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April 2017
Interview

AutomatedBuildings.com

Babel Buster Network Gateways: Big Features. Small Price.
Control Solutions, Inc. - Minnesota

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Jason CooperEMAIL INTERVIEWJason Cooper and Ken Sinclair

Jason Cooper, is Switch Automation’s Vice President of Global Sales, where he’s responsible for accelerating the expansion of Switch's real-time SaaS platform for the global smart buildings market. Cooper brings more than 15 years of technical sales management to Switch, with expertise in buildings, smart grids, energy efficiency, health, data centres and resources.

Cooper joins Switch Automation with 14 years of experience at Siemens, where he most recently served as Executive Manager of Sales, driving sales in the Infrastructure & Cities sector. Cooper’s professional experience, in addition to his familiarity with the industry challenges and his knowledge of smart buildings, make him ideally suited to lead Switch Automation’s growth. Having earned an electrical engineering degree from RMIT in Australia, an Executive MBA from HEC Paris and an Entrepreneurship & Innovation certificate from Babson College in Boston, Cooper has consistently developed himself at some of the world’s finest institutions.


The Switch at Switch

Jason Cooper joins Switch Automation with 14 years of experience at Siemens, where he most recently served as Executive Manager of Sales, driving sales in the Infrastructure & Cities sector.

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SinclairYou spent 15 years at Siemens. What shift have you seen from the way that people manage buildings from your early days with Siemens to now?

Originally, the way that people managed buildings was very reactive, based on information from the BMS. Decisions were made in isolation and with relatively limited information. There wasn’t a strong focus on energy efficiency, consumption or optimization.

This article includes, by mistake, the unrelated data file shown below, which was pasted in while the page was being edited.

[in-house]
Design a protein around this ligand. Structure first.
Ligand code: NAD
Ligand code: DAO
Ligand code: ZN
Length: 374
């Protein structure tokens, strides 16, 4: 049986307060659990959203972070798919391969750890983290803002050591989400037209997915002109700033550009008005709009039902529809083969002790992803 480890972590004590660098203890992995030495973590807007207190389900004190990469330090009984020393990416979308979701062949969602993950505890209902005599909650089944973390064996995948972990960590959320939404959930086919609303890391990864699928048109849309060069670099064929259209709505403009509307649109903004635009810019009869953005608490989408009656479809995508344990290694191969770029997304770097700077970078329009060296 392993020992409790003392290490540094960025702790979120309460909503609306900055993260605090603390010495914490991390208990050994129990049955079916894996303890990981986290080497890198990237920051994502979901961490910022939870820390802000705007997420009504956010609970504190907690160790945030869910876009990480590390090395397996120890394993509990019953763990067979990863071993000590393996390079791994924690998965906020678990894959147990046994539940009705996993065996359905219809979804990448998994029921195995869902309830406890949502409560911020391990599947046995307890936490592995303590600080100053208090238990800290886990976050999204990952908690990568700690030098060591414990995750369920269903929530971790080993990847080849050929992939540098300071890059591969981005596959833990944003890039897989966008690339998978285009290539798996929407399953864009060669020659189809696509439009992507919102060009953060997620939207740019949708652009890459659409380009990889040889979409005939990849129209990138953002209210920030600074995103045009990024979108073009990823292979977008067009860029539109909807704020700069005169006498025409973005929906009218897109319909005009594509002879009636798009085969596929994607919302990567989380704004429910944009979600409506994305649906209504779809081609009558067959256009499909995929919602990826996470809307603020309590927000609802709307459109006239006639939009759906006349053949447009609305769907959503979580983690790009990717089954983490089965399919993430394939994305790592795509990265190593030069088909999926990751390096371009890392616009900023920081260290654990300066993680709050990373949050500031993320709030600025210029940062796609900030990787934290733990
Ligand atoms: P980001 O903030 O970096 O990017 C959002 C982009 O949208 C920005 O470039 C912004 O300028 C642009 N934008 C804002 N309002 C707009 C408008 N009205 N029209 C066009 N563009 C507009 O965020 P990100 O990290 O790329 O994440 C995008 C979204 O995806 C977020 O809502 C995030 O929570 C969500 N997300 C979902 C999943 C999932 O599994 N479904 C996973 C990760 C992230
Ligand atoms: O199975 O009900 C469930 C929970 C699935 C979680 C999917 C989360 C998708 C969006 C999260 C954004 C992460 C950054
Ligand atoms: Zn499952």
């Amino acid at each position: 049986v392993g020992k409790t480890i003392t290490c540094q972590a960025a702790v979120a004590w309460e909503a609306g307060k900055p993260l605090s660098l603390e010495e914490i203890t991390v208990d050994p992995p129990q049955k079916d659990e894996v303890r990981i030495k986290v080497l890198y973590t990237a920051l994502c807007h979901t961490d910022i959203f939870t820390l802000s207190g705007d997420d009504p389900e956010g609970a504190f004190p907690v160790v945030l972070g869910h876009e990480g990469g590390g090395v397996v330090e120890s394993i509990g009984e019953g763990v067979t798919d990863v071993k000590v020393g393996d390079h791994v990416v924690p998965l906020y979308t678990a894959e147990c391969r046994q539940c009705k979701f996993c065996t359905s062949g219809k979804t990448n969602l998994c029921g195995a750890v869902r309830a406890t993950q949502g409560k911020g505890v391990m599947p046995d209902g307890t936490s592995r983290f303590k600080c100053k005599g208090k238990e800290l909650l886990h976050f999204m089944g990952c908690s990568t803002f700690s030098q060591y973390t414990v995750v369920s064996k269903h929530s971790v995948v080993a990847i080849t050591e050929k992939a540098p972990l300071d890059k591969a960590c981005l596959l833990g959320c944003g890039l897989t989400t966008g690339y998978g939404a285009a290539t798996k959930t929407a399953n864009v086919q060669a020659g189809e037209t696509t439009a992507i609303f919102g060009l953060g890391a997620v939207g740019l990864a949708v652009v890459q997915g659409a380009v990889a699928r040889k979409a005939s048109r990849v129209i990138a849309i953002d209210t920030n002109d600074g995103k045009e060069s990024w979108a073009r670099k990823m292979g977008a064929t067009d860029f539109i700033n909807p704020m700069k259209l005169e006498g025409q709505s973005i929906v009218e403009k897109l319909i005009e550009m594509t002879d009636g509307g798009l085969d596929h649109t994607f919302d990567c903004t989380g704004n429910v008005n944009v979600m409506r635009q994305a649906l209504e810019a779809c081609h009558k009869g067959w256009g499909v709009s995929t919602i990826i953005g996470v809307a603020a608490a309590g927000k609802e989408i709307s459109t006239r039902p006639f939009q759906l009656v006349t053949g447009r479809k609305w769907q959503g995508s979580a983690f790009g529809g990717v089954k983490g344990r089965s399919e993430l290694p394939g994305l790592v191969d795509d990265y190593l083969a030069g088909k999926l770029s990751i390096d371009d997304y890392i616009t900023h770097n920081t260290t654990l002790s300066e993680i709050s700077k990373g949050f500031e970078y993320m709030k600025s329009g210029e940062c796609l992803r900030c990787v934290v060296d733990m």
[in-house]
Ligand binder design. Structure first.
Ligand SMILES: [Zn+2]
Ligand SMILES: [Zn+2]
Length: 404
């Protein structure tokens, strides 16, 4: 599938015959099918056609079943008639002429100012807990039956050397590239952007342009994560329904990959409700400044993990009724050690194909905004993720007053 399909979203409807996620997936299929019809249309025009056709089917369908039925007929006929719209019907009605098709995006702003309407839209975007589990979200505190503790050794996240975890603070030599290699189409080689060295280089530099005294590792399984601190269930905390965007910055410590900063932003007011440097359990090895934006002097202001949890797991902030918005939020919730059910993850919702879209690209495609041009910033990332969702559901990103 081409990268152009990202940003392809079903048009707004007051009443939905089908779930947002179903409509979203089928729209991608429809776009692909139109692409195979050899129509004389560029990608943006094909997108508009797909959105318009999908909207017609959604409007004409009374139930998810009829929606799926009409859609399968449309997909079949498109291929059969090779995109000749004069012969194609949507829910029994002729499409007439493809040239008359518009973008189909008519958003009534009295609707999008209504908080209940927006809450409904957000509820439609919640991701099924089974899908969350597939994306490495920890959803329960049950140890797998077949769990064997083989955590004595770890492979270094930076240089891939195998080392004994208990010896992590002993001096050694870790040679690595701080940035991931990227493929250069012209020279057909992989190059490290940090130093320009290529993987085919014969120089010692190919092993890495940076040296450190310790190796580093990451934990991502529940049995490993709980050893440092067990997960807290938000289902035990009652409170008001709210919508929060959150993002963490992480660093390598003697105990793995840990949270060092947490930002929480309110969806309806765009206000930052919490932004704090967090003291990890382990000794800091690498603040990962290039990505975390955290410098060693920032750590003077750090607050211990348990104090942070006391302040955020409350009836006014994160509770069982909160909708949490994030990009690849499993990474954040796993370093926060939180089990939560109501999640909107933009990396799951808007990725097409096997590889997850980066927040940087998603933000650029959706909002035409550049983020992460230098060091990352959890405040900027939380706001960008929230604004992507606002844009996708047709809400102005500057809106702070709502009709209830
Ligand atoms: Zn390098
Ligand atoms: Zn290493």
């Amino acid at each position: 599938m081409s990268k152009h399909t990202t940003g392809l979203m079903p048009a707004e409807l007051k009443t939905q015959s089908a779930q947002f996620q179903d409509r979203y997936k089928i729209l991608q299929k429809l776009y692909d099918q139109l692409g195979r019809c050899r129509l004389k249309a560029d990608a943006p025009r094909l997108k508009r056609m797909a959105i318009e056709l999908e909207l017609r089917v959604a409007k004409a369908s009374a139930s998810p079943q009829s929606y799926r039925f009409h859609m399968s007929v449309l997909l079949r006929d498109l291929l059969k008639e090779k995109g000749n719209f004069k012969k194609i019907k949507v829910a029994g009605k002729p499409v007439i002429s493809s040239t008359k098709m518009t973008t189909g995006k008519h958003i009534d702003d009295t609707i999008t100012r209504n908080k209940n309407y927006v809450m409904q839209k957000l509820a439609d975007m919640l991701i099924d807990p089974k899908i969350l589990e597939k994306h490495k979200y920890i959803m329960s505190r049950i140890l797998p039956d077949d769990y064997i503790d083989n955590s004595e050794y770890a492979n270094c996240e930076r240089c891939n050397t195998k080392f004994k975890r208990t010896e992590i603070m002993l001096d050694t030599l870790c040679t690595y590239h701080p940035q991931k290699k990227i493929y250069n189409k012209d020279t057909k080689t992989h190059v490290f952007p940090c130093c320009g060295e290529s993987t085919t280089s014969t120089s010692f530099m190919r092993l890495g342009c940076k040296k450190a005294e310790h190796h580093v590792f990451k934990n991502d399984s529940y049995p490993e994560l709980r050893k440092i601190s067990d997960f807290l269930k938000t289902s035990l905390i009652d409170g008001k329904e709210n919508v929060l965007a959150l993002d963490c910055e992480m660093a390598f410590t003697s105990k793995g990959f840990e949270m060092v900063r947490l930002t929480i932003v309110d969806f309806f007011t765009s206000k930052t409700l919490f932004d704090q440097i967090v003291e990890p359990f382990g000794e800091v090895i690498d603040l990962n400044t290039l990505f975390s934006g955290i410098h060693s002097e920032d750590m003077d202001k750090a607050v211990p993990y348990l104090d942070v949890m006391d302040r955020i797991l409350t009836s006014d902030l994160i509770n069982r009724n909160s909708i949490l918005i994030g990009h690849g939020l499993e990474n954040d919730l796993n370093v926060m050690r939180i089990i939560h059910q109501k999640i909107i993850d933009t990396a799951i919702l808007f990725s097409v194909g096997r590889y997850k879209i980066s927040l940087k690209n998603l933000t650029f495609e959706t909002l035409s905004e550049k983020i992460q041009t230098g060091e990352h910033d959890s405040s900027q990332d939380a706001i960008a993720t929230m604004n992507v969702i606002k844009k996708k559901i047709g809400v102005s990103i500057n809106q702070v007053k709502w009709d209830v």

Now there’s a greater focus on asset management and enhancing the tenant experience. Landlords realize that energy optimization boosts ROI and occupant satisfaction, while healthy energy ratings generate positive brand association; all of which attract higher paying tenants and drive retention.

We have technological solutions available today to help us achieve these real estate goals. Fortunately, innovative organizations are leading the migration from reactive decision-making to proactive, predictive analysis, using real-time data to pinpoint the performance of their portfolio. Then, data scientists add a layer of value by advising customers about cost-impacting trends in their buildings.

Buildings are broken. Technology can fix them. But organizations must have the burning desire to change if they’re truly going to capitalize on the benefits.

SinclairWhy did you join Switch as VP of Global Sales?

I thoroughly enjoy the built industry and the lasting global impact that it can have on future generations. It’s why I’ve spent more than two decades pushing for evolution. Switch’s unique cloud-based SaaS platform, and highly specialized team represent an opportunity to solve a big problem for property owners and operators.